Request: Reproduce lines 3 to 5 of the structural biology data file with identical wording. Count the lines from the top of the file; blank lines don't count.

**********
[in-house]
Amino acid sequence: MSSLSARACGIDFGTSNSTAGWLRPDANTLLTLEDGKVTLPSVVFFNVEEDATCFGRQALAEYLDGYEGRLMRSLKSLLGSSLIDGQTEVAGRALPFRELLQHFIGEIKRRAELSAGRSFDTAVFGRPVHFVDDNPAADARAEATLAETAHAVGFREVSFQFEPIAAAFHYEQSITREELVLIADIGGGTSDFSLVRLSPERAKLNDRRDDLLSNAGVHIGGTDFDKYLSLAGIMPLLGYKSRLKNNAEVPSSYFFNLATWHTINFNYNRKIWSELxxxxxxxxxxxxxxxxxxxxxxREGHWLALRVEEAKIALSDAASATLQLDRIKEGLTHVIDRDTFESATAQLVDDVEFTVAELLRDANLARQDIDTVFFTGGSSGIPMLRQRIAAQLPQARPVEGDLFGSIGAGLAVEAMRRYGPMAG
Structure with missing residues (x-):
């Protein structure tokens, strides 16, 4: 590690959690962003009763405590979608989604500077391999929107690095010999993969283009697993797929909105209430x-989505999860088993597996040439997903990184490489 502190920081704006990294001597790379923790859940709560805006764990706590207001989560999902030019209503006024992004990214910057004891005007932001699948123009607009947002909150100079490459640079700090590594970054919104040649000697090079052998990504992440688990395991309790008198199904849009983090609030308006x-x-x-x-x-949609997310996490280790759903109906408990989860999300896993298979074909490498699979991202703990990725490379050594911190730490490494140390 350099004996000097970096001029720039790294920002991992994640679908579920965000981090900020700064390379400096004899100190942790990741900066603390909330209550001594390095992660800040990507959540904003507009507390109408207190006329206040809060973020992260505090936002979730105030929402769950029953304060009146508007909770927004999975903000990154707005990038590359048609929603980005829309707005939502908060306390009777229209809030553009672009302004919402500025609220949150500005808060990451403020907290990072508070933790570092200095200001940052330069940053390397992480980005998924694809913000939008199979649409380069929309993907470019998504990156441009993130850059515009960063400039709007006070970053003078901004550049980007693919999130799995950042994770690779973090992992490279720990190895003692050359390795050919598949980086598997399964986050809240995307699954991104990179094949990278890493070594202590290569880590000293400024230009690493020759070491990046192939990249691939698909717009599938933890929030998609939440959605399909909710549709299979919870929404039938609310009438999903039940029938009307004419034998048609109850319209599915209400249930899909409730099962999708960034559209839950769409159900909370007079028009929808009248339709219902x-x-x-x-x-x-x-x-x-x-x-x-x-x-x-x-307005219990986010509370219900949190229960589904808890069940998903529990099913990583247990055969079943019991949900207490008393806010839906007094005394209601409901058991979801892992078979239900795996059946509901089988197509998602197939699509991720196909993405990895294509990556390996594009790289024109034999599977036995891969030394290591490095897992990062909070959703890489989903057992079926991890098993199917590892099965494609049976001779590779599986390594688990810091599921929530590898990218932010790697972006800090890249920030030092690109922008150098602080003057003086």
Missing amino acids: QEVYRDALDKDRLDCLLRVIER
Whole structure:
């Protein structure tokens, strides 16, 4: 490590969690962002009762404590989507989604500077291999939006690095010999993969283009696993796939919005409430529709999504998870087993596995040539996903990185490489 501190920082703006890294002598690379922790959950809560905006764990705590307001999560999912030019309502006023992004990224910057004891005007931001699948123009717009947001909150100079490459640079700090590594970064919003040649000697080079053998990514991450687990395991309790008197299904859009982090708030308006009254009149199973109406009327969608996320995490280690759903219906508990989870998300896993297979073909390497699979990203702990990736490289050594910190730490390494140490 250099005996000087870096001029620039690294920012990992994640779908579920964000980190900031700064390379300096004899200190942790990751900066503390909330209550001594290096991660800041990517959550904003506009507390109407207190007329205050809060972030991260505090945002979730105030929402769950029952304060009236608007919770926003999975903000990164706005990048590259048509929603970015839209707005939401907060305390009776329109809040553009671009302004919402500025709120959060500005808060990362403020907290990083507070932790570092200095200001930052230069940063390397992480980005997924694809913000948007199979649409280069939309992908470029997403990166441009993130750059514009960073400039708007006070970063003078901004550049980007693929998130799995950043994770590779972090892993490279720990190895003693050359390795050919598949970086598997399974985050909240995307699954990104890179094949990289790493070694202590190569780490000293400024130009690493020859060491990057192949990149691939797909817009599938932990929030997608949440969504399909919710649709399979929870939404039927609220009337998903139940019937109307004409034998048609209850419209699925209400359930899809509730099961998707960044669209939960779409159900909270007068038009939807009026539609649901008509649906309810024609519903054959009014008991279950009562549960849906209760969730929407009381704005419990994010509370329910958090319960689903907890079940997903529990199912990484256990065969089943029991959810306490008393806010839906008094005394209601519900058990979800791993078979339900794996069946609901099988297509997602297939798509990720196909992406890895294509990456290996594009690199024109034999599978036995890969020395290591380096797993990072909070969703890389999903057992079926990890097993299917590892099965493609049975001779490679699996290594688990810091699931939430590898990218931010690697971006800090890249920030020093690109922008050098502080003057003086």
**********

Structure with missing residues (x-):
């Protein structure tokens, strides 16, 4: 590690959690962003009763405590979608989604500077391999929107690095010999993969283009697993797929909105209430x-989505999860088993597996040439997903990184490489 502190920081704006990294001597790379923790859940709560805006764990706590207001989560999902030019209503006024992004990214910057004891005007932001699948123009607009947002909150100079490459640079700090590594970054919104040649000697090079052998990504992440688990395991309790008198199904849009983090609030308006x-x-x-x-x-949609997310996490280790759903109906408990989860999300896993298979074909490498699979991202703990990725490379050594911190730490490494140390 350099004996000097970096001029720039790294920002991992994640679908579920965000981090900020700064390379400096004899100190942790990741900066603390909330209550001594390095992660800040990507959540904003507009507390109408207190006329206040809060973020992260505090936002979730105030929402769950029953304060009146508007909770927004999975903000990154707005990038590359048609929603980005829309707005939502908060306390009777229209809030553009672009302004919402500025609220949150500005808060990451403020907290990072508070933790570092200095200001940052330069940053390397992480980005998924694809913000939008199979649409380069929309993907470019998504990156441009993130850059515009960063400039709007006070970053003078901004550049980007693919999130799995950042994770690779973090992992490279720990190895003692050359390795050919598949980086598997399964986050809240995307699954991104990179094949990278890493070594202590290569880590000293400024230009690493020759070491990046192939990249691939698909717009599938933890929030998609939440959605399909909710549709299979919870929404039938609310009438999903039940029938009307004419034998048609109850319209599915209400249930899909409730099962999708960034559209839950769409159900909370007079028009929808009248339709219902x-x-x-x-x-x-x-x-x-x-x-x-x-x-x-x-307005219990986010509370219900949190229960589904808890069940998903529990099913990583247990055969079943019991949900207490008393806010839906007094005394209601409901058991979801892992078979239900795996059946509901089988197509998602197939699509991720196909993405990895294509990556390996594009790289024109034999599977036995891969030394290591490095897992990062909070959703890489989903057992079926991890098993199917590892099965494609049976001779590779599986390594688990810091599921929530590898990218932010790697972006800090890249920030030092690109922008150098602080003057003086």
Missing amino acids: QEVYRDALDKDRLDCLLRVIER